Kaposi's sarcoma in women with AIDS

AIDS. 1996 Sep;10(11):1221-5. doi: 10.1097/00002030-199609000-00007.

Abstract

Objective: To describe the presentation and incidence of Kaposi's sarcoma (KS) in a cohort of women infected with HIV and to compare their clinical characteristics with men at the same institution.

Design: Retrospective chart and database review.

Setting: Adult clinical AIDS program outpatient clinics at a municipal teaching hospital.

Results: One hundred and seven people with KS were found of whom twelve (11.2%) were women. The prevalence of KS in women was 3.6% compared with 9.9% among men (P < 0.001). Women born outside the United States were at increased risk of developing KS (P < 0.05). At initial KS presentation, no difference in HIV stage or CD4 count was found between men and women. Women presented with more advanced KS than men, with increased incidence of non-cutaneous disease (P < 0.001), lymphedema (P < 0.0001), lymph-node disease (P < 0.0001) and visceral disease (P = 0.03). Women had decreased survival after KS diagnosis compared to men, although the difference was not significant (P = 0.41).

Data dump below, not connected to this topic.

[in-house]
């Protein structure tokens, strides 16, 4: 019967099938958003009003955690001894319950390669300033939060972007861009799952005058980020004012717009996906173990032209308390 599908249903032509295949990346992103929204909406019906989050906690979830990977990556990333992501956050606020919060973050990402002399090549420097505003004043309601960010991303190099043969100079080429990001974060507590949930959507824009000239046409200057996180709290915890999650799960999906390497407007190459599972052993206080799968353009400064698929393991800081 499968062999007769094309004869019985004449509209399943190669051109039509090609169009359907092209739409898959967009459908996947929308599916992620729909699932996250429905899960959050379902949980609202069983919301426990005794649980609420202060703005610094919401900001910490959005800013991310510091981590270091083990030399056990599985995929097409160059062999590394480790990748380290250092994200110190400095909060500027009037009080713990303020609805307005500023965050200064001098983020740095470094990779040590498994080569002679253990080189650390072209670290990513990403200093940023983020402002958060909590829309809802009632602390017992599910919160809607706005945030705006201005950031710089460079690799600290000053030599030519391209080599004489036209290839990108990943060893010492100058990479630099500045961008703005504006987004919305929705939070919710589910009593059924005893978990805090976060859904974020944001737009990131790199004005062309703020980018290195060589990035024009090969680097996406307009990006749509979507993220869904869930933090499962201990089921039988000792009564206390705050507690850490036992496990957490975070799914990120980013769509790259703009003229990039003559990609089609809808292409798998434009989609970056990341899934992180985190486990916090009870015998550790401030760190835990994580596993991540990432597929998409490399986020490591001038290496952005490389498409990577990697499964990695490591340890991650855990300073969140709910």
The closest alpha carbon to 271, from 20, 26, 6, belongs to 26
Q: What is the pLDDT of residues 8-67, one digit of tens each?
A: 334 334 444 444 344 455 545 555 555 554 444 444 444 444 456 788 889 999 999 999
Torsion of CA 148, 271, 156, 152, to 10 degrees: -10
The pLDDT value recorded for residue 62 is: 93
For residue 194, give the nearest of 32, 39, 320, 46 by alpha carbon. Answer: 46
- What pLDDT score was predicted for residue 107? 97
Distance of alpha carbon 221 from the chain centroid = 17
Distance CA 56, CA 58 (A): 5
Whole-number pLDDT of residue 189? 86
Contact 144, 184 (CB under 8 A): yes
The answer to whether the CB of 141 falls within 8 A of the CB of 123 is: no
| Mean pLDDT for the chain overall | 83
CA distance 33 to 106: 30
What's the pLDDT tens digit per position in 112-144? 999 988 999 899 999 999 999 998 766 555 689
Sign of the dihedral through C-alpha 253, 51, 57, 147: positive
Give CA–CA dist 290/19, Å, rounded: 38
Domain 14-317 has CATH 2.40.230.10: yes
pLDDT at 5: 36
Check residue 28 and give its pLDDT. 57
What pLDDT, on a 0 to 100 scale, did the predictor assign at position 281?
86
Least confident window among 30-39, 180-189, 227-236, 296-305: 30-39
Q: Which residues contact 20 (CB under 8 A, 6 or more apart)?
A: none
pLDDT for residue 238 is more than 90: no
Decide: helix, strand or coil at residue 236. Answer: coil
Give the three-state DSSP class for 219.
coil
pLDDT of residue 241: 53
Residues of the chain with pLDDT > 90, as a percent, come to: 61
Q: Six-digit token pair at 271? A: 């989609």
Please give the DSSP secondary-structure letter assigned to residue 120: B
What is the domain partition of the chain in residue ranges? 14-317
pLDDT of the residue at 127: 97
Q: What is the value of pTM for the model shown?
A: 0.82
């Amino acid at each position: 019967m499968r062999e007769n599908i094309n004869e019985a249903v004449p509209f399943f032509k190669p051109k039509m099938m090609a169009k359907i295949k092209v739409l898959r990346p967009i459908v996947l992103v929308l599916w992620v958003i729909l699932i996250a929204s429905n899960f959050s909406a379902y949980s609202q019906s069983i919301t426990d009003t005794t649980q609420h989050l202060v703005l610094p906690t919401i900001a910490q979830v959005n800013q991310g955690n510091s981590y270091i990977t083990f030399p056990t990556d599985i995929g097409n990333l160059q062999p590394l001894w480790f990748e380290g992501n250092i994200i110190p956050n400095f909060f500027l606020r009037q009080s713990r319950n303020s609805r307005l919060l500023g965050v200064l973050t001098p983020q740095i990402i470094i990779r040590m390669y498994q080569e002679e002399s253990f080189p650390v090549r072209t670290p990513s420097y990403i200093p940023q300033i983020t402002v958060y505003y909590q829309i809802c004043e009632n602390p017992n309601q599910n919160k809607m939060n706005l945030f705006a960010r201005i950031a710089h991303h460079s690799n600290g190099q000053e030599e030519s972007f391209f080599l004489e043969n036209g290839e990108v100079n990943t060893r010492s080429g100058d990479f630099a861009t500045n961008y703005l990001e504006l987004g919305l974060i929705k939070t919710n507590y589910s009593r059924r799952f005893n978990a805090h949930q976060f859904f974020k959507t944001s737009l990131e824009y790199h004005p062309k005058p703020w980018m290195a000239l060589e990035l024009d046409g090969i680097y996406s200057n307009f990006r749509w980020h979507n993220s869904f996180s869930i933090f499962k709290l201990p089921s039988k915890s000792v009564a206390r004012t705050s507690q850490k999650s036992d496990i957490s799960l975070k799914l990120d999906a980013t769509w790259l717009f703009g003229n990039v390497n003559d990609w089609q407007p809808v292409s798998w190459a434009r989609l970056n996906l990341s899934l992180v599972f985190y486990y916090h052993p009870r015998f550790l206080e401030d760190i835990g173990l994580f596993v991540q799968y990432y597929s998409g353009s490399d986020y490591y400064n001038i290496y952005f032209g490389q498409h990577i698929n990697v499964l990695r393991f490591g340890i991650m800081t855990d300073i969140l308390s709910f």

Conclusions: KS is not a rare diagnosis in HIV-infected women followed at our institution. Although the increased risk of KS in men is most likely to be related to differences in exposure, the sex-related differences in presentation and course may be due in part to delay in diagnosis. KS should be considered in the spectrum of HIV-related complications in women as well as in men.

MeSH terms

  • Acquired Immunodeficiency Syndrome / complications*
  • Adult
  • Antineoplastic Combined Chemotherapy Protocols / therapeutic use
  • Cohort Studies
  • Female
  • Humans
  • Incidence
  • Male
  • Middle Aged
  • Retrospective Studies
  • Sarcoma, Kaposi / complications*
  • Sarcoma, Kaposi / drug therapy
  • Sarcoma, Kaposi / epidemiology
  • Sarcoma, Kaposi / physiopathology
  • Sex Factors
  • Sexual Behavior